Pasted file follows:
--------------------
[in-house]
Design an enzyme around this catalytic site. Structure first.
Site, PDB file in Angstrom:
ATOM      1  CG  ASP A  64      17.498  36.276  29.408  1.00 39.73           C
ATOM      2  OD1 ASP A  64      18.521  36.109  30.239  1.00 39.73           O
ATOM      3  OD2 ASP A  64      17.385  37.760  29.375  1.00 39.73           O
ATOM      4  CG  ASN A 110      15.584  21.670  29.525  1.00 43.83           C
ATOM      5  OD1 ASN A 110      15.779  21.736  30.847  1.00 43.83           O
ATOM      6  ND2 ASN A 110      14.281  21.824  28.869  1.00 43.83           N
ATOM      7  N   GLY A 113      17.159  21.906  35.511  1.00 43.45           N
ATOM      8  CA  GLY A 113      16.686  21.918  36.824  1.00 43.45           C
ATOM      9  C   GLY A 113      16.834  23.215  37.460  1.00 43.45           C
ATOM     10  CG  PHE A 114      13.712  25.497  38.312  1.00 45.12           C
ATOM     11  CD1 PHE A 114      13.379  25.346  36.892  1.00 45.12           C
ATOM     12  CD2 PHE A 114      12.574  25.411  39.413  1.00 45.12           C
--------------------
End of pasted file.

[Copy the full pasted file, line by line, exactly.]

[in-house]
Design an enzyme around this catalytic site. Structure first.
Site, PDB file in Angstrom:
ATOM      1  CG  ASP A  64      17.498  36.276  29.408  1.00 39.73           C
ATOM      2  OD1 ASP A  64      18.521  36.109  30.239  1.00 39.73           O
ATOM      3  OD2 ASP A  64      17.385  37.760  29.375  1.00 39.73           O
ATOM      4  CG  ASN A 110      15.584  21.670  29.525  1.00 43.83           C
ATOM      5  OD1 ASN A 110      15.779  21.736  30.847  1.00 43.83           O
ATOM      6  ND2 ASN A 110      14.281  21.824  28.869  1.00 43.83           N
ATOM      7  N   GLY A 113      17.159  21.906  35.511  1.00 43.45           N
ATOM      8  CA  GLY A 113      16.686  21.918  36.824  1.00 43.45           C
ATOM      9  C   GLY A 113      16.834  23.215  37.460  1.00 43.45           C
ATOM     10  CG  PHE A 114      13.712  25.497  38.312  1.00 45.12           C
ATOM     11  CD1 PHE A 114      13.379  25.346  36.892  1.00 45.12           C
ATOM     12  CD2 PHE A 114      12.574  25.411  39.413  1.00 45.12           C